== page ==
![braid](braid.jpg)

## Coming soon
- Integration with the `htmlwidgets` framework.
- This will allow WebGL displays within RStudio, integration
with Shiny, etc.
- A test version works, but with some problems.
- Caveat: Until recently, RStudio didn't display WebGL
on OS X, and seemed a little unstable on Windows. I
don't know if this was my fault or theirs...
# Writing Web Pages
## `writeWebGL`
- `WebGL` is a fairly new JavaScript API for rendering OpenGL
interactive 3D graphics in a web browser. (First stable release: March, 2013.)
- Support in web browsers is now widespread, though it may be disabled
by default.
- `rgl` has supported `WebGL` output since 2012.
- The `writeWebGL` function writes a JavaScript program to display
your scene!
- Side effect: I had to add R-level access to the data in a scene; you can
now save and replay using `scene3d`.
## Using `writeWebGL`
`writeWebGL` is quite easy to use. Just draw a scene in the normal
way, then call it. For example:
```{r eval=FALSE}
writeWebGL(dir = "outputdir", width = 500)
```
- There are optional arguments to allow you to embed the WebGL code
into an existing web page template, to choose fonts, size and shape, etc.
- The resulting web page includes an interactive 3D graphic.
- There's support for including these figures in HTML
documents prepared in `knitr` [@knitrbook] like this presentation.
- Very new: Functions to allow interaction with the scene from the
browser.
# Examples
## Likelihood Surface
```{r}
# from the MASS::fitdistr example
set.seed(123)
x <- rgamma(100, shape = 5, rate = 0.1)
print(fit <- MASS::fitdistr(x, dgamma, list(shape = 1, rate = 0.1),
lower = 0.001))
loglik <- Vectorize(function(shape, rate)
sum(dgamma(x, shape = shape, rate = rate, log = TRUE)))
xlim <- fit$estimate[1] + 4*fit$sd[1]*c(-1, 1)
ylim <- fit$estimate[2] + 4*fit$sd[2]*c(-1, 1)
zlim <- fit$loglik + c(-qchisq(0.99, 2)/2, 0)
```
## Likelihood Surface Output
```{r webgl=TRUE, rgl.newwindow=TRUE, fig.height=4}
persp3d(loglik,
xlim = xlim, ylim = ylim, zlim = zlim,
n = 30)
```
## Toronto Homicide model
Patrick Brown sent me some R objects containing smoothed homicide
rates by Toronto location from 1990 to 2013.
```{r}
load("trisk.RData")
library(mapmisc)
df <- as.data.frame(trisk, xy=TRUE)
x <- matrix(df$x, 23, 40, byrow=TRUE)
y <- matrix(df$y, 23, 40, byrow=TRUE)
t <- matrix(seq(1, 0, len=23), 23, 40)
s <- matrix(seq(0, 1, len=40), 23, 40, byrow=TRUE)
yrs <- paste0("y", 1990:2013)
ids <- integer(length(yrs)); r <- c()
```
## Toronto Homicides
```{r webgl=TRUE, fig.height=3, rgl.newwindow=TRUE}
for (i in seq_along(yrs)) {
z <- matrix(df[[yrs[i]]], 23, 40, byrow=TRUE)
r <- range(c(r, z))
ids[i] <- surface3d(x,y,z, texture="toronto2.png",
texture_s=s, texture_t=t, col="white", specular="black")
}
par3d(zoom=0.4); aspect3d(80,46,12)
```
## Need Interaction
- The previous plot showed all 24 years at once, but you can't see
the differences.
- 24 small maps shown all at once would be too many.
- It's better to let the user choose which years to show.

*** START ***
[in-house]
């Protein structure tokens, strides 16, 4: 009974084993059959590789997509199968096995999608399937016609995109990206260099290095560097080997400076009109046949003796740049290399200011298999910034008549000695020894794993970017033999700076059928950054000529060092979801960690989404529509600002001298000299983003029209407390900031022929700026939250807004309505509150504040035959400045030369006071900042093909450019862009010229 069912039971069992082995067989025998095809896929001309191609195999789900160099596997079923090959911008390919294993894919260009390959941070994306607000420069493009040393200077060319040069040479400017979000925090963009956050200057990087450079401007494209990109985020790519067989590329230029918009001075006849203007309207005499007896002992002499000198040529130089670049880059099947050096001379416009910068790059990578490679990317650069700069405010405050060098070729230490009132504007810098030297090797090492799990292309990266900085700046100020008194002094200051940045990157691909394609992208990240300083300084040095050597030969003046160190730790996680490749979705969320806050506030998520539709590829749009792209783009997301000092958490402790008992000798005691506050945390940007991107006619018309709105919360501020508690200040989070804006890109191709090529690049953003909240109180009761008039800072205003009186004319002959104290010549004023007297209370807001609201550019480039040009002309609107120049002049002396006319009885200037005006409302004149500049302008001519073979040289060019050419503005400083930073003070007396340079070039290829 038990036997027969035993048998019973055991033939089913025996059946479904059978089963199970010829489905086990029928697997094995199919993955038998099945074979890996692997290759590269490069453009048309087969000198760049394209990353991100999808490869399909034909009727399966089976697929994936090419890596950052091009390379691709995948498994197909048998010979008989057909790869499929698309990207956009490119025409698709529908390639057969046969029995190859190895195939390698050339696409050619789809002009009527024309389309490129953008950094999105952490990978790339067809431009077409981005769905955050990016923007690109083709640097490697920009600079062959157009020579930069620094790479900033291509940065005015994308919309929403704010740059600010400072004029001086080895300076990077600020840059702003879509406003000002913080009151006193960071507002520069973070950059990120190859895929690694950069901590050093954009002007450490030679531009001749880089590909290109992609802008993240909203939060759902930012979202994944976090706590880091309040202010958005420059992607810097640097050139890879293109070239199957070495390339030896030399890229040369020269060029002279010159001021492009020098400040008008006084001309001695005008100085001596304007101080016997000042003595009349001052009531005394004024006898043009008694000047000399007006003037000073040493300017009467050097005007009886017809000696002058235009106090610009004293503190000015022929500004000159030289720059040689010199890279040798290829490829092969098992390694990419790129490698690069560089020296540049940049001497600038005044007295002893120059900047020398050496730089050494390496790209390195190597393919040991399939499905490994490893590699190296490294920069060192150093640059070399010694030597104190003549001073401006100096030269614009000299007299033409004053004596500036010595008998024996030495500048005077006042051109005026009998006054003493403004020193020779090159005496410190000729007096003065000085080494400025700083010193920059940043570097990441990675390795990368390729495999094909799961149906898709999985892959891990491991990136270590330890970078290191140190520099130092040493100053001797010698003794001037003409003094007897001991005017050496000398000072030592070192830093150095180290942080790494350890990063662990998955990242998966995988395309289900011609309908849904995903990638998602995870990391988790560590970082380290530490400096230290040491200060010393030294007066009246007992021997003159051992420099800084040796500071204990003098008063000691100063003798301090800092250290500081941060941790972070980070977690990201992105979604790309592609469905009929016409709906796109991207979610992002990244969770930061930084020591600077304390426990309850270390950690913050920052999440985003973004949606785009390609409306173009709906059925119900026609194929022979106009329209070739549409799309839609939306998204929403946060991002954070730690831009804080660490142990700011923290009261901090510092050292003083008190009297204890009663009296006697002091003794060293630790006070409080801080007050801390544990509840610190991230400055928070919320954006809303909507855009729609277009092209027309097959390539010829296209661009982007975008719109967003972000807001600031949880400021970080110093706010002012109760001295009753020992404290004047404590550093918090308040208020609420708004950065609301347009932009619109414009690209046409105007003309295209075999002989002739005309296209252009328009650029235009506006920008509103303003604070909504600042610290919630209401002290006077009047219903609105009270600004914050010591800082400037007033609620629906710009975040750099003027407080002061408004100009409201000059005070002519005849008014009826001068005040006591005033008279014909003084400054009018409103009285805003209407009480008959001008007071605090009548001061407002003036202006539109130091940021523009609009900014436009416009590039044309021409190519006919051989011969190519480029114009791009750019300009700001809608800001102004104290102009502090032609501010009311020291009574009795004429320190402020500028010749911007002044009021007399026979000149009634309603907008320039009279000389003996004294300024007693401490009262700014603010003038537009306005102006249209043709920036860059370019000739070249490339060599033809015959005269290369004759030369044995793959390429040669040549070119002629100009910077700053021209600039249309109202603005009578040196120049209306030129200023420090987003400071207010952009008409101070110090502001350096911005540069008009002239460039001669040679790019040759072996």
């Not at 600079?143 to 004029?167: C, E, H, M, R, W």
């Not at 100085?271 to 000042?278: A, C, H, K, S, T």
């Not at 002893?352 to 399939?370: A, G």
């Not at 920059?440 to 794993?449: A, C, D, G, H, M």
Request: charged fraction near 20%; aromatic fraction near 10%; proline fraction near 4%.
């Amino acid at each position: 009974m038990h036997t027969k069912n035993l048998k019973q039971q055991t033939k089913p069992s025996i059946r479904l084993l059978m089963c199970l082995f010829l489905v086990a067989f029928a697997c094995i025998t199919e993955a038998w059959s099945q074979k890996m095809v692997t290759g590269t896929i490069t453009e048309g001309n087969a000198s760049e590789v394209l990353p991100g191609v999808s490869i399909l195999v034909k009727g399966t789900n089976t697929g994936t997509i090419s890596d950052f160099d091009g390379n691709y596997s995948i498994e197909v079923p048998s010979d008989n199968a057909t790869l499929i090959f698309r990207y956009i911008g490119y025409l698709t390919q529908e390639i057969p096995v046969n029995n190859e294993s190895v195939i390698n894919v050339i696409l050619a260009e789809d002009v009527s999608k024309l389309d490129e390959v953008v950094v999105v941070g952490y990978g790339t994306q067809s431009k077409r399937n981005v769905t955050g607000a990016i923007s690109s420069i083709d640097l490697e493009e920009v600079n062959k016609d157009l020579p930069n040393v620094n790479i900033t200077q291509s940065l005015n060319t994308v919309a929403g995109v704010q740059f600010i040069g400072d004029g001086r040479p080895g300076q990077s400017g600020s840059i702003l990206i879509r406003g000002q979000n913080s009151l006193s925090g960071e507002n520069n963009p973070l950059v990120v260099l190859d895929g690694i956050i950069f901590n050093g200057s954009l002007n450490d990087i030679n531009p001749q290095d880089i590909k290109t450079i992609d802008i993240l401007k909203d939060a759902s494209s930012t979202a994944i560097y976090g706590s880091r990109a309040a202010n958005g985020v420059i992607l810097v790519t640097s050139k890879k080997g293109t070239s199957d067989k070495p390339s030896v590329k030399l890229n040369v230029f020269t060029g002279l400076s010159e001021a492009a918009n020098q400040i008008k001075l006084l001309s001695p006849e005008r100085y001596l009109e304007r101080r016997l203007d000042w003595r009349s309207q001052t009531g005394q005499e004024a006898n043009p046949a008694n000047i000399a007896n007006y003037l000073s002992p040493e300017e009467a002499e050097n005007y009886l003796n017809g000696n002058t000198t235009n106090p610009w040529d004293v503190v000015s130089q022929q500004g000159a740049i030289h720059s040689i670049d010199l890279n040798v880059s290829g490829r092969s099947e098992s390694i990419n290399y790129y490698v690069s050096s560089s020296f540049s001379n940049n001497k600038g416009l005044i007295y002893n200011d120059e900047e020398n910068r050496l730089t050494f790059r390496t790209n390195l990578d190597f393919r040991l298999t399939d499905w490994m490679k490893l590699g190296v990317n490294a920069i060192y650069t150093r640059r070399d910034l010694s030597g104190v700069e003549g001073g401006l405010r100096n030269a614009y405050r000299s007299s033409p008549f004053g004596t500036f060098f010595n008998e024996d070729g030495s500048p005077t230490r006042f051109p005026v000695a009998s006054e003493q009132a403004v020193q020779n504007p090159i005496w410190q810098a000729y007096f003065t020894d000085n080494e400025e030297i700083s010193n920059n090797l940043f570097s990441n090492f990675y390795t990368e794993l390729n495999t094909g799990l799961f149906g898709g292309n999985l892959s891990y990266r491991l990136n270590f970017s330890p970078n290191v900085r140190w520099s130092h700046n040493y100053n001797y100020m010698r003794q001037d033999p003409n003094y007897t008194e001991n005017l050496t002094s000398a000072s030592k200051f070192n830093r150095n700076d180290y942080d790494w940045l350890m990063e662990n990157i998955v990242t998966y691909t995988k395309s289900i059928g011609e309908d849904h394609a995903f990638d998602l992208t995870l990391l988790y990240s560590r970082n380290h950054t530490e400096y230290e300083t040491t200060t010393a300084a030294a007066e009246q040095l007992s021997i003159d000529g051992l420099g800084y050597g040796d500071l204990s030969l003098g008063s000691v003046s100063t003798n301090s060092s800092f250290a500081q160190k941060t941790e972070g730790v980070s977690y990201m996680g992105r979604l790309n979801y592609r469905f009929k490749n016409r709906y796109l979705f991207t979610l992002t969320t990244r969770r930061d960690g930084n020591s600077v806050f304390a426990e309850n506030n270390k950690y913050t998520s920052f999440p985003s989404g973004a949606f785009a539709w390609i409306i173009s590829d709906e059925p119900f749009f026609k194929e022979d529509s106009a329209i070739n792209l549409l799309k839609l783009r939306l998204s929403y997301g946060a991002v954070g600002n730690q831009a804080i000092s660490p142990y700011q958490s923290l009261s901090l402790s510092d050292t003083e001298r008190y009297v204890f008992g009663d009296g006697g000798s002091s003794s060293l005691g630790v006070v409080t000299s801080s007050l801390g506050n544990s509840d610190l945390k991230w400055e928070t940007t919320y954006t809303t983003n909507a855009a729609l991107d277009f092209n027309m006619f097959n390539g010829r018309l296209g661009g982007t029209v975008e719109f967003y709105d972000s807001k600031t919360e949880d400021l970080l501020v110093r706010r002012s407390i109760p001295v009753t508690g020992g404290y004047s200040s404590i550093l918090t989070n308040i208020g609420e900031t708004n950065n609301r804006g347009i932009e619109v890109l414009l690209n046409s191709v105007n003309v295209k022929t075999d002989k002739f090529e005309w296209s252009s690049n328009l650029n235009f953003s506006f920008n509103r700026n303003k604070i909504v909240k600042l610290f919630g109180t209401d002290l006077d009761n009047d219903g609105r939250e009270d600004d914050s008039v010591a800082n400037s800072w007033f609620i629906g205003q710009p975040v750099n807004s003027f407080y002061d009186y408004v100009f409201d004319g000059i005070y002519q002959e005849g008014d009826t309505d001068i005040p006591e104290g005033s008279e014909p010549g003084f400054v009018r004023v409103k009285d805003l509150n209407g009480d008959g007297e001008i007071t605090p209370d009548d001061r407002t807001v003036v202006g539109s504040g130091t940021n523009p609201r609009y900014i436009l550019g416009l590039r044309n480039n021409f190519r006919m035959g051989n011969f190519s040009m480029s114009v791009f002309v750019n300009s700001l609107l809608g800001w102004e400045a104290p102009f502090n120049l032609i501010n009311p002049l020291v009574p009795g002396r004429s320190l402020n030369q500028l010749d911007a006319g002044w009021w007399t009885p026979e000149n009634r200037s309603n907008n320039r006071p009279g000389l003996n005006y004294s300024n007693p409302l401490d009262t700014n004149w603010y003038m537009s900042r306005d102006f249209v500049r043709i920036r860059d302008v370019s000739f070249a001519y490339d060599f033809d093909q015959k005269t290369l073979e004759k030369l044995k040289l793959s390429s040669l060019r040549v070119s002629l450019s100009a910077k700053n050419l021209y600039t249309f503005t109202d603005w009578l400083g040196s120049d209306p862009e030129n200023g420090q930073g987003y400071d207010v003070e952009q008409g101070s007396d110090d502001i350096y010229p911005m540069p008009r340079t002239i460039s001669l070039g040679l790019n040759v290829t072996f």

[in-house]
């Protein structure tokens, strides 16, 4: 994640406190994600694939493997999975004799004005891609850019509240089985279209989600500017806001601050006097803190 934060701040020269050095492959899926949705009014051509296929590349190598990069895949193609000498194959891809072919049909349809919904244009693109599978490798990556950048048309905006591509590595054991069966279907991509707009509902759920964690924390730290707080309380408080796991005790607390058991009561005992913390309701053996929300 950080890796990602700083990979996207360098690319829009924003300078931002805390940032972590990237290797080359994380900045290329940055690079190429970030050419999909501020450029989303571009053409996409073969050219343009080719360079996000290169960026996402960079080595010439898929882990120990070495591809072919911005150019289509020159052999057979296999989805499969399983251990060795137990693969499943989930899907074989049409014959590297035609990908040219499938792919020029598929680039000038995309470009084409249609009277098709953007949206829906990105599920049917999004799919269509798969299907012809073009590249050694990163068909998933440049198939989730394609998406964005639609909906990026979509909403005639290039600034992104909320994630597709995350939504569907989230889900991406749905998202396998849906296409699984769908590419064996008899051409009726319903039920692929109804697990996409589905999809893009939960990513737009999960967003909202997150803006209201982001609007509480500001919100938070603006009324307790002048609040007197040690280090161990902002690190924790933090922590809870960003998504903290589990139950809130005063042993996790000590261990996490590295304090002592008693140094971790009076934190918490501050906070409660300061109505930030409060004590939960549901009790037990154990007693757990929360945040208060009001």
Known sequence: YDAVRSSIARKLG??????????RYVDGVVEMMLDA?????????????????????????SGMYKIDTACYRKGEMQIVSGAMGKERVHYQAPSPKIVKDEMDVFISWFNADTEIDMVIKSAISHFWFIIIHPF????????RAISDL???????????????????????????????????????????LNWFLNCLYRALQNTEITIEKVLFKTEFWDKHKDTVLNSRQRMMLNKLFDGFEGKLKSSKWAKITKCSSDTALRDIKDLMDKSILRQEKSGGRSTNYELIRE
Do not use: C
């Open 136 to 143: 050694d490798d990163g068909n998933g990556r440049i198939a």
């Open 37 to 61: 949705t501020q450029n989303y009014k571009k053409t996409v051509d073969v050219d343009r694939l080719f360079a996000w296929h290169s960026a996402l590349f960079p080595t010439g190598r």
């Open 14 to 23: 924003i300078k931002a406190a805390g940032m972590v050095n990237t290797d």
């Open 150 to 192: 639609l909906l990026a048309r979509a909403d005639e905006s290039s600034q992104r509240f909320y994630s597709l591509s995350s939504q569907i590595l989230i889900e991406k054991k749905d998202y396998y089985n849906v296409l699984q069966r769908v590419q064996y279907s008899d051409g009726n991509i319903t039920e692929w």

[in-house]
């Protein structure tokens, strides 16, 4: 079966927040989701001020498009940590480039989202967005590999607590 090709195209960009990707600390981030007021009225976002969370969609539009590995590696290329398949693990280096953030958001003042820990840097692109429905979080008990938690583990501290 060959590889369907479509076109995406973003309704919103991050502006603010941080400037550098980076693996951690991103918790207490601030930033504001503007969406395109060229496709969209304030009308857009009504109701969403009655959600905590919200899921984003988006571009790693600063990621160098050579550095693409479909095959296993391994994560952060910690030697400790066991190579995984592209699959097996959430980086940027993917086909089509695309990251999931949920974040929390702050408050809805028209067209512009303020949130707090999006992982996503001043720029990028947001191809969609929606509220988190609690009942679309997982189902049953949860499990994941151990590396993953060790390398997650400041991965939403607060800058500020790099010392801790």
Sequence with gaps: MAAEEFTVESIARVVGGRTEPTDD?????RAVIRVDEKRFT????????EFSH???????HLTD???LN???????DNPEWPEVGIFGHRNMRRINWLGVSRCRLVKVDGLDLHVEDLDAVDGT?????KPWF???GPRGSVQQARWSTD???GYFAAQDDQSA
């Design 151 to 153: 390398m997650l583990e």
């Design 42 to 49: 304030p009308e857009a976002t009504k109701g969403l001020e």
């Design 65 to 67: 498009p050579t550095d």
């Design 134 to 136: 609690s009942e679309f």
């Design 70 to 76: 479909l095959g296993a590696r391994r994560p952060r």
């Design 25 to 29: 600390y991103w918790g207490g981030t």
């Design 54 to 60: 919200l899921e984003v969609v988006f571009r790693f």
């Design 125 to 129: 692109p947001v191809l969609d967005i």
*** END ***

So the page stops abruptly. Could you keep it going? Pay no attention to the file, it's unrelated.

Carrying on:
- New this year in rgl: R functions to write Javascript for interaction:
`subsetSlider()`, `clipplaneSlider()`, etc.
- Coming soon: Shiny support.
## Choose a Year and a Level
```{r choose, webgl=TRUE, fig.height=3, rgl.newwindow=FALSE, echo=FALSE}
clipid <- clipplanes3d(0,0,1,-r[1])
delFromSubscene3d(ids[-1])
```
```{r results="asis", echo=FALSE}
subsetSlider(subsets = as.list(ids), prefix = "choose", labels=1990:2013)
s <- seq(-r[1], -r[2], len=50)
clipplaneSlider(d=s, prefix = "choose", clipplaneid = clipid, labels = signif(-s, 2))
```
## Choose a Year and a Level
```{r plane, webgl=TRUE, fig.height=3, rgl.newwindow=FALSE, echo=FALSE}
delFromSubscene3d(clipid)
planeid <- planes3d(0,0,1,0, alpha=0.5, col="white")
```
```{r results="asis", echo=FALSE}
subsetSlider(subsets = as.list(ids), prefix = "plane", labels=1990:2013)
propertySlider(values=matrix(r, 2, ncol=6), entries=6*0:5+2,
param = r,
properties = "values", objid = planeid, prefix = "plane",
init = 0, step = 0.02)
```
## Seal Tracking Data
Kim Whoriskey and Joanna Mills Flemming sent me seal
tracking data; Vivian Chu and I put together this display:
```{r seal,webgl=TRUE, echo=FALSE,fig.height=4}
df <- read.csv("seal.csv")
#df <- df[60*seq_len(nrow(df) %/% 60) + 19,]
time <- seq_len(nrow(df)) - 1
xyz <- cbind(df[,6],df[,7],-df[,3])
okay <- complete.cases(xyz)
xyz <-xyz[okay,]
time <- time[okay]
lineid <-plot3d(xyz, xlab="Longitude", ylab="Latitude", zlab="Depth",
type="l", col = c("black", "black"))["data"]
aspect3d(5,5,1)
sphereid <- spheres3d(xyz[1, , drop=FALSE], radius = 3, col = "red")
show2d(filename="sable.png", z=0, alpha=0.7)
```
```{r, results='asis', echo=FALSE}
rxyz <- round(xyz, 2)
propertySlider( list(ageSetter(births = time, ages = c(0, 0, 1800),
colors = c("gray", "red", "gray"),
objids = lineid, prefixes = "seal"),
ageSetter(births = 0, ages = time,
vertices = xyz, objids = sphereid,
prefixes = "seal")),
labels = paste(df[okay,2],-rxyz[,1],"W",
rxyz[,2],"N", rxyz[,3]),
maxS = max(time))
```
## Shiny Example
Try some unreleased code now...
## Conclusion
* `rgl` is really fun to work with, and it's not hard
to construct illustrations in 3D.
* `rgl` still needs some additional features, which I'll eventually get to:
+ The HTML pages we write are really huge, with a lot
of repetitive text: this is recently improved, but still a problem.
+ It needs better separation of the "model" and "viewer", to allow you to
"fly" through scenes. That's possible now, but really hard.
+ It needs "3D textures", to show slices through 3D fields.
Modern OpenGL supports this, but `rgl` doesn't.
# References
## Bibliography